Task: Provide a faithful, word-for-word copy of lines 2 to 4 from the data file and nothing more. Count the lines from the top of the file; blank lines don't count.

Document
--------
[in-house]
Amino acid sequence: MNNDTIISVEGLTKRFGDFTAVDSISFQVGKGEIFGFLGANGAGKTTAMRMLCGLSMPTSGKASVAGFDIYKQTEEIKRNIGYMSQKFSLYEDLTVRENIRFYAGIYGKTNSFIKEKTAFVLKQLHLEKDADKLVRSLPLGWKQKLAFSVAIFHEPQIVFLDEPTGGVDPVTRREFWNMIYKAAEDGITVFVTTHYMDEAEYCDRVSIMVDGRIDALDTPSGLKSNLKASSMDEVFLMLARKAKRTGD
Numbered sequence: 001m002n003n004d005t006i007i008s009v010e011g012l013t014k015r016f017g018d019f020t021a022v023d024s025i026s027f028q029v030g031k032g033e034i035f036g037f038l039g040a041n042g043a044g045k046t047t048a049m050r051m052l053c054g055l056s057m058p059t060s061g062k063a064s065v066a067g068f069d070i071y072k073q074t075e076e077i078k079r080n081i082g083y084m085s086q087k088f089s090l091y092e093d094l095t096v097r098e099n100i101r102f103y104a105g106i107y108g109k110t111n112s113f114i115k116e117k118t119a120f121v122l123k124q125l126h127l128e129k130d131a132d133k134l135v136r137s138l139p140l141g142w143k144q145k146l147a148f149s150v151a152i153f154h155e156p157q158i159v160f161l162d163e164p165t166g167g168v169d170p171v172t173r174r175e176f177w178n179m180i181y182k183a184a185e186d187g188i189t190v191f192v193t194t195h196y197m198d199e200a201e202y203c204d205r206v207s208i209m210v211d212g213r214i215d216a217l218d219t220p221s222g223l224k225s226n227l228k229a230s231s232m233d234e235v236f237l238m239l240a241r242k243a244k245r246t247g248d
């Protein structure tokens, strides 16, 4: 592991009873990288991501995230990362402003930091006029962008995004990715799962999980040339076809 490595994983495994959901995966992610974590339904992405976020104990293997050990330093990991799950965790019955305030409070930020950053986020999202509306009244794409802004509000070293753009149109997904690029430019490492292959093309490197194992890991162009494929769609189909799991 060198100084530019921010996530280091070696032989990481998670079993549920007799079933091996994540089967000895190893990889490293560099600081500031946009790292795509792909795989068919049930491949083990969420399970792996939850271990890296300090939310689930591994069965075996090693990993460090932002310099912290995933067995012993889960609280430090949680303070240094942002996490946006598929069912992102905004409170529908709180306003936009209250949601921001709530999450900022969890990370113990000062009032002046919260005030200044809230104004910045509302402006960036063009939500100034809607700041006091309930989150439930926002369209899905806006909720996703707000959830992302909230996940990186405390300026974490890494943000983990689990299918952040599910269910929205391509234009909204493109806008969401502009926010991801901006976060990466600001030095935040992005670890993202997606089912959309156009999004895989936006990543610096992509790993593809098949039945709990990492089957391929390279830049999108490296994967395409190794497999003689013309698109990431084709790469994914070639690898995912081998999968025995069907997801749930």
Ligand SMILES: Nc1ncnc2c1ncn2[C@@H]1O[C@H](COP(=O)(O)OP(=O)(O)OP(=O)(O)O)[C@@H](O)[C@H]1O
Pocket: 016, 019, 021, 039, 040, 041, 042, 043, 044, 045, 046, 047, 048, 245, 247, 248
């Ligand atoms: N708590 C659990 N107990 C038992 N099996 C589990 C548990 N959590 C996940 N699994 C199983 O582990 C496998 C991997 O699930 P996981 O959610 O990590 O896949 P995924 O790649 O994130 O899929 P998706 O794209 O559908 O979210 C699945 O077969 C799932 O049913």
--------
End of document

Amino acid sequence: MNNDTIISVEGLTKRFGDFTAVDSISFQVGKGEIFGFLGANGAGKTTAMRMLCGLSMPTSGKASVAGFDIYKQTEEIKRNIGYMSQKFSLYEDLTVRENIRFYAGIYGKTNSFIKEKTAFVLKQLHLEKDADKLVRSLPLGWKQKLAFSVAIFHEPQIVFLDEPTGGVDPVTRREFWNMIYKAAEDGITVFVTTHYMDEAEYCDRVSIMVDGRIDALDTPSGLKSNLKASSMDEVFLMLARKAKRTGD
Numbered sequence: 001m002n003n004d005t006i007i008s009v010e011g012l013t014k015r016f017g018d019f020t021a022v023d024s025i026s027f028q029v030g031k032g033e034i035f036g037f038l039g040a041n042g043a044g045k046t047t048a049m050r051m052l053c054g055l056s057m058p059t060s061g062k063a064s065v066a067g068f069d070i071y072k073q074t075e076e077i078k079r080n081i082g083y084m085s086q087k088f089s090l091y092e093d094l095t096v097r098e099n100i101r102f103y104a105g106i107y108g109k110t111n112s113f114i115k116e117k118t119a120f121v122l123k124q125l126h127l128e129k130d131a132d133k134l135v136r137s138l139p140l141g142w143k144q145k146l147a148f149s150v151a152i153f154h155e156p157q158i159v160f161l162d163e164p165t166g167g168v169d170p171v172t173r174r175e176f177w178n179m180i181y182k183a184a185e186d187g188i189t190v191f192v193t194t195h196y197m198d199e200a201e202y203c204d205r206v207s208i209m210v211d212g213r214i215d216a217l218d219t220p221s222g223l224k225s226n227l228k229a230s231s232m233d234e235v236f237l238m239l240a241r242k243a244k245r246t247g248d
């Protein structure tokens, strides 16, 4: 592991009873990288991501995230990362402003930091006029962008995004990715799962999980040339076809 490595994983495994959901995966992610974590339904992405976020104990293997050990330093990991799950965790019955305030409070930020950053986020999202509306009244794409802004509000070293753009149109997904690029430019490492292959093309490197194992890991162009494929769609189909799991 060198100084530019921010996530280091070696032989990481998670079993549920007799079933091996994540089967000895190893990889490293560099600081500031946009790292795509792909795989068919049930491949083990969420399970792996939850271990890296300090939310689930591994069965075996090693990993460090932002310099912290995933067995012993889960609280430090949680303070240094942002996490946006598929069912992102905004409170529908709180306003936009209250949601921001709530999450900022969890990370113990000062009032002046919260005030200044809230104004910045509302402006960036063009939500100034809607700041006091309930989150439930926002369209899905806006909720996703707000959830992302909230996940990186405390300026974490890494943000983990689990299918952040599910269910929205391509234009909204493109806008969401502009926010991801901006976060990466600001030095935040992005670890993202997606089912959309156009999004895989936006990543610096992509790993593809098949039945709990990492089957391929390279830049999108490296994967395409190794497999003689013309698109990431084709790469994914070639690898995912081998999968025995069907997801749930």